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Article

The Size of the Human Proteome: The Width and Depth

Ponomarenko E., Poverennaya E., Ilgisonis E., Pyatnitskiy M., Kopylov A., Zgoda V., Lisitsa A., Archakov A.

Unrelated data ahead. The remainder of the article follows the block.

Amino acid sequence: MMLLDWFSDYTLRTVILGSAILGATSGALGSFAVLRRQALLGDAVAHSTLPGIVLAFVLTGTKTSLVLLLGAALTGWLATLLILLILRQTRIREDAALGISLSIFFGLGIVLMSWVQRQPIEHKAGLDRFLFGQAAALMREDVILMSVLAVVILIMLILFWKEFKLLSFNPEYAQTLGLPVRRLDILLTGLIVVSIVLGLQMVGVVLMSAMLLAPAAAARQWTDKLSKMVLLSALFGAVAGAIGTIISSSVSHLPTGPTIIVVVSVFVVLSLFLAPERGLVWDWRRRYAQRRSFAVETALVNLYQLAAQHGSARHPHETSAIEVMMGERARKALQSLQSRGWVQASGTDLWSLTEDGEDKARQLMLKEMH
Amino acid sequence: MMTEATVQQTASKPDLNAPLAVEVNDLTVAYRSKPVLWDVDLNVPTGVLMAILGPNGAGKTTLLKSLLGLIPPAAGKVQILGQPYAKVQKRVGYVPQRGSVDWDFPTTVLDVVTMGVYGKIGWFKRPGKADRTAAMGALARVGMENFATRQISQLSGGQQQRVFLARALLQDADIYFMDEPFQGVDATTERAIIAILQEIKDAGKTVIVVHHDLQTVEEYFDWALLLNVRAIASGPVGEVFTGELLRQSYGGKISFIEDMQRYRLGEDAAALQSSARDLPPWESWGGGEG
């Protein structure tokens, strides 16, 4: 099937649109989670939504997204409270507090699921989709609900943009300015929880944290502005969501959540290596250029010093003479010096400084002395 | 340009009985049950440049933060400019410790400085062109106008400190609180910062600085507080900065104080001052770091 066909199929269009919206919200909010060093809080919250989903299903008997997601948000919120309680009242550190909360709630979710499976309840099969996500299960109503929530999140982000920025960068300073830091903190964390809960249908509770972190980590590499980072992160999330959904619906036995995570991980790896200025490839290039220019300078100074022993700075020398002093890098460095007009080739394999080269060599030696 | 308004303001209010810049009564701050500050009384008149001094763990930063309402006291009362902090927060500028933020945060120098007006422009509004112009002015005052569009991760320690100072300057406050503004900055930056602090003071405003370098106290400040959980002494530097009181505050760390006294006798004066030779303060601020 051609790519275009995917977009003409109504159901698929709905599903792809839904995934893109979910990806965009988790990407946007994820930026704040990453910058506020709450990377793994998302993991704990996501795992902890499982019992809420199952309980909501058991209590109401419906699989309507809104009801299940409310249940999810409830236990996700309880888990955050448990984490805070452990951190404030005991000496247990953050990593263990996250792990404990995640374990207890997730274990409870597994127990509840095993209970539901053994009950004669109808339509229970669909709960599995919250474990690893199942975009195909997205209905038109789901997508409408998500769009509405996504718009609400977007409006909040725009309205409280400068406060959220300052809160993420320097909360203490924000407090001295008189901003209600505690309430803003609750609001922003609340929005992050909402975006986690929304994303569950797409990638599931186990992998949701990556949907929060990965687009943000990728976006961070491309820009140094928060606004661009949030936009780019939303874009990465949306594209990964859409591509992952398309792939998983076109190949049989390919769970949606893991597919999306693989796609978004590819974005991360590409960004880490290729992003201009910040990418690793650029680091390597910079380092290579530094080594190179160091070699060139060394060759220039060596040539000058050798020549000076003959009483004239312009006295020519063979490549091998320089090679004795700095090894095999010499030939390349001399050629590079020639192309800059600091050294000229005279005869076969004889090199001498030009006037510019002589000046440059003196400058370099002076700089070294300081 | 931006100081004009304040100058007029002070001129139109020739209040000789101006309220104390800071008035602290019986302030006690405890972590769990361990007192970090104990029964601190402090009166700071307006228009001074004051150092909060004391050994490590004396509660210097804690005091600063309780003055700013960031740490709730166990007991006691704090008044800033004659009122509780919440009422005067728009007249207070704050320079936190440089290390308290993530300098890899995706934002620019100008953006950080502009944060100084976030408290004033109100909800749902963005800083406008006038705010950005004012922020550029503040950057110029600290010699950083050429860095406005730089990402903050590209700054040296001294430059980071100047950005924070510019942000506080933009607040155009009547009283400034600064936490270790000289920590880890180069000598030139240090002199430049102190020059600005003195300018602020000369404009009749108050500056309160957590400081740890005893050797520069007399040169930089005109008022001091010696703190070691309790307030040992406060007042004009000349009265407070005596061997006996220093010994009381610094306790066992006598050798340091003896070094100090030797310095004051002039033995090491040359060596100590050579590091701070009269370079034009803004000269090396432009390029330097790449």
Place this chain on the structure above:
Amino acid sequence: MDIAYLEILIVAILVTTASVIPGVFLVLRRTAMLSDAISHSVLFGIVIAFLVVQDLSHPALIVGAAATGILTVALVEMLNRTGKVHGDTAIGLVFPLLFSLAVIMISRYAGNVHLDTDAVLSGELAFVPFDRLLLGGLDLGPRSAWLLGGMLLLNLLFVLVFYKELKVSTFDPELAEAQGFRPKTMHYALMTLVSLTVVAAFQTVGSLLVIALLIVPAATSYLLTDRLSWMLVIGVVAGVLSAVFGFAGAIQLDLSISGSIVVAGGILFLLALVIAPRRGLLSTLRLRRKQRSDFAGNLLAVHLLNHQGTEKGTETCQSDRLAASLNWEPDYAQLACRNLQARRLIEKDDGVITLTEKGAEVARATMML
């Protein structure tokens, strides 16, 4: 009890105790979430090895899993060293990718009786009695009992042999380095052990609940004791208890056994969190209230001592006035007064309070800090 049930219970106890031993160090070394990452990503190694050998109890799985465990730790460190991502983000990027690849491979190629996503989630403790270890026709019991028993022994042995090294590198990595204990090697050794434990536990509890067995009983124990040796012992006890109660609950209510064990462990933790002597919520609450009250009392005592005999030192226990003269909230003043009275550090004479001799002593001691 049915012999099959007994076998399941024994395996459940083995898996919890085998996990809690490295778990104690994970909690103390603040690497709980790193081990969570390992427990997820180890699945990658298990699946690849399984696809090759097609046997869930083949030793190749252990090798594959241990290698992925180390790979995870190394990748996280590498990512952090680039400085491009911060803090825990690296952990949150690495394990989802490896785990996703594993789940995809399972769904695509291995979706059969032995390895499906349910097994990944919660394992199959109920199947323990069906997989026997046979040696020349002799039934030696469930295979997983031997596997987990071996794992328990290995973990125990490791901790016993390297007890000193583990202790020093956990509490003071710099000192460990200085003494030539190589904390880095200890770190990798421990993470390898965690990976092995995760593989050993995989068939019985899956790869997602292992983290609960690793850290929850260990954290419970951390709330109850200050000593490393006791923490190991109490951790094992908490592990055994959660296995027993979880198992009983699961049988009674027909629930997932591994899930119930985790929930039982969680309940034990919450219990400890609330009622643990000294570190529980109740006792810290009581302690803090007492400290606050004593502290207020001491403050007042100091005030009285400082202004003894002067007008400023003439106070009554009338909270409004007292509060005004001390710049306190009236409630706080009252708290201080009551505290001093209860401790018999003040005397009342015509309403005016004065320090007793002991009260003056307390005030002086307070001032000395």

This work discusses bioinformatics and experimental approaches to explore the human proteome, a constellation of proteins expressed in different tissues and organs. As the human proteome is not a static entity, it seems necessary to estimate the number of different protein species (proteoforms) and measure the number of copies of the same protein in a specific tissue. Here, meta-analysis of neXtProt knowledge base is proposed for theoretical prediction of the number of different proteoforms that arise from alternative splicing (AS), single amino acid polymorphisms (SAPs), and posttranslational modifications (PTMs). Three possible cases are considered: (1) PTMs and SAPs appear exclusively in the canonical sequences of proteins, but not in splice variants; (2) PTMs and SAPs can occur in both proteins encoded by canonical sequences and in splice variants; (3) all modification types (AS, SAP, and PTM) occur as independent events. Experimental validation of proteoforms is limited by the analytical sensitivity of proteomic technology. A bell-shaped distribution histogram was generated for proteins encoded by a single chromosome, with the estimation of copy numbers in plasma, liver, and HepG2 cell line. The proposed metabioinformatics approaches can be used for estimation of the number of different proteoforms for any group of protein-coding genes.